Credibility of Radio
Maintaining credibility of a broadcasting organisation means broadcasting a news service or any other programme which is acceptable and worthy of belief to the people. Accuracy, balance, clarity and deadline having achieved together can produce a credible medium. Any broadcasting organisation which is not striving to earn credibility and listeners don’t believe it, is simply wasting time and money.
Writing news for broadcasting is much the same as writing for a news paper or wire service. The idea is to present the information in logical sequence and in understandable language. There are no tricks to writing news for broadcast. Most elements that contribute to a good news story for print are also present in a good radio story. There are however a few basic principles that radio writers adhere to because of the peculiarities of the medium.
While it is true that radio news scripts are shorter than most news stories written for print, the radio news writer is still obliged to tell a complete sotry. Facts
needed to put the story into perspective and provide balance must be included. Although radio news stories rarely run more than fifteen lines, they must be written in such a way that nothing of significance is omitted. This requirement places a premium on the writers judgement, and, in the long run, judgement – the ability to separate the important from the un – important is the quality that separates good journalist from a poor journalist.
In our part of the world radio is the most important means of mass communication. For many people radio is the only source of news. Compared with the television and newspapers radio has many advantages. It is fast and can be operated without electricity too. Radio programme production costs lesser and illiteracy is not a barrier while communicating over it. Radio carries weaknesses too. It is heard only once, no back reference is possible. It is subject to atmospheric and other interferences. It can’t.compete with newspaper in the amount of material to be conveyed.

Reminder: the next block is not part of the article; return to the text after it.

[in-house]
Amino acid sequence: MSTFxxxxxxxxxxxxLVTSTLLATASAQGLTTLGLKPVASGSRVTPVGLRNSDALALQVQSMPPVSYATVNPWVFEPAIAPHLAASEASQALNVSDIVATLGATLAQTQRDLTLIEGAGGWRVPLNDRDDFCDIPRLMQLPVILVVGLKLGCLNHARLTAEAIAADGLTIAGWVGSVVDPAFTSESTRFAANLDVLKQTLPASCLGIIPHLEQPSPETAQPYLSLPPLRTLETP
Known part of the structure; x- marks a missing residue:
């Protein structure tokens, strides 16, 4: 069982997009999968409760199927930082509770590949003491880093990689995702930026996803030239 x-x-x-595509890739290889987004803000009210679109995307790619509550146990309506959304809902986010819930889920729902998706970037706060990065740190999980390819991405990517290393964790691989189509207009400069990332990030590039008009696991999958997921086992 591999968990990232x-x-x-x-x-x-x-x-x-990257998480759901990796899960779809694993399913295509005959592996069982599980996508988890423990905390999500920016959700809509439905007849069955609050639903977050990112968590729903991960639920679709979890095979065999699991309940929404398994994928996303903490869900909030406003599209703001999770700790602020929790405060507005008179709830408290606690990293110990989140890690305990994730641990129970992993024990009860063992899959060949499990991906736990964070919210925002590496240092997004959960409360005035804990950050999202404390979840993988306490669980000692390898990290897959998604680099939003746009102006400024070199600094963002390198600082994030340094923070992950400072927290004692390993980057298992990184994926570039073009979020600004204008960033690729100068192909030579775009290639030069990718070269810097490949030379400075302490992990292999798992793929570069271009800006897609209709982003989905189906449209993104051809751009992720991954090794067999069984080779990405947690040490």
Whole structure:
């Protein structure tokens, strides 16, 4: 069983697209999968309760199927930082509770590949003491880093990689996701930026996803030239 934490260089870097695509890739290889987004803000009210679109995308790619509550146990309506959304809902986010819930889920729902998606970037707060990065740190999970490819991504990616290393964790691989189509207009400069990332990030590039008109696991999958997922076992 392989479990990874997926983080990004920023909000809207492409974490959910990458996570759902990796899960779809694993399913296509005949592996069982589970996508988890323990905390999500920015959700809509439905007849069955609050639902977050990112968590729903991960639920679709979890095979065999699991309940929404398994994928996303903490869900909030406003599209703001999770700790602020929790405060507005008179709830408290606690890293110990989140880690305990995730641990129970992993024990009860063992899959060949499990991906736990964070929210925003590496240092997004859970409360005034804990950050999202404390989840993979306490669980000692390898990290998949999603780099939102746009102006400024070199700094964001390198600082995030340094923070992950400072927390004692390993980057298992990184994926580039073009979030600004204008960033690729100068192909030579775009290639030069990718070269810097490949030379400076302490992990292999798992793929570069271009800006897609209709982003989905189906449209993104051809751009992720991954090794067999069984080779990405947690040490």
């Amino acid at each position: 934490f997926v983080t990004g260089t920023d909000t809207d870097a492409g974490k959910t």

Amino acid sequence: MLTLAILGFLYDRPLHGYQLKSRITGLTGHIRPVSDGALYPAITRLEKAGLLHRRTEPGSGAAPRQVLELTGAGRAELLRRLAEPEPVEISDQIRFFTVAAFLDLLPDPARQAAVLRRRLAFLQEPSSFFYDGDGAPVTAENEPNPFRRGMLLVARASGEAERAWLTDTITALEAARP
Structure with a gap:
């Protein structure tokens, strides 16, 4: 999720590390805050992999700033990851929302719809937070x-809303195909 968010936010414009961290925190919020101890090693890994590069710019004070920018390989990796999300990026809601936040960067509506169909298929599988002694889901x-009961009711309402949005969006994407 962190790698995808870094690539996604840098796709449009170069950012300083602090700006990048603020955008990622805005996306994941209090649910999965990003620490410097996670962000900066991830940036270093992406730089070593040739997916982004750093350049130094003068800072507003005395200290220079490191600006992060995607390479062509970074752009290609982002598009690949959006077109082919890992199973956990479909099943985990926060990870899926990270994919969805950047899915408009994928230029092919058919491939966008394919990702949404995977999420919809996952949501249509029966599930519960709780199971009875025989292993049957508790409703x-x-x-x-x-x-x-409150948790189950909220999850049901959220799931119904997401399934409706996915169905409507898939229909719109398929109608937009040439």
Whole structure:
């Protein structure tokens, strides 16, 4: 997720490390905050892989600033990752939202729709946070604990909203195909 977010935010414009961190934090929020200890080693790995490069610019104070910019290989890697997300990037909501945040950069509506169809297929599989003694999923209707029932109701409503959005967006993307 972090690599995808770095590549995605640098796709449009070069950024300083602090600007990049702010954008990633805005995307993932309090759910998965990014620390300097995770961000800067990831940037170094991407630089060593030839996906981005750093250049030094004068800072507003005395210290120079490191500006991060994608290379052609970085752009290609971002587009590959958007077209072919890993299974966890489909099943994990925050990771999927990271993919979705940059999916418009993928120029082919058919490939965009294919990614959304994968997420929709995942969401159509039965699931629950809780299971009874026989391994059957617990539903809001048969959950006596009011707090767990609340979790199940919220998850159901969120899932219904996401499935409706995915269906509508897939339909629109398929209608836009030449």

The introduction of T.V. has affected to radio listening. In addition to being visual the glamour of colour had helped T.V. to attract a large number of audience as compared to radio., Traditionally radio broadcasting is aimed at information, education and entertainment. The entertainment part was mainly based on music and drama. The music had drifted towards the ever flourishing cassette industry while drama has moved to television. It is the news where radio still reigns supreme.
Any broadcasting orgainsation which is news and current affairs oriented can easily attract the public attention*. But in our part of the world the situation continues to remain otherwise. It is seriously felt that some radical changes are essential to improve the pattern of the news presentation and their contents and timings.

As a colonial legacy radio in the developing countries countinues to be controlled by the official quarters. People who had nothing to do with broadcasting at times become the big boss or the chief policy maker. Their way of administration have been the cause of continued deterioration in the standard of broadcasting and loss of credibility of the medium.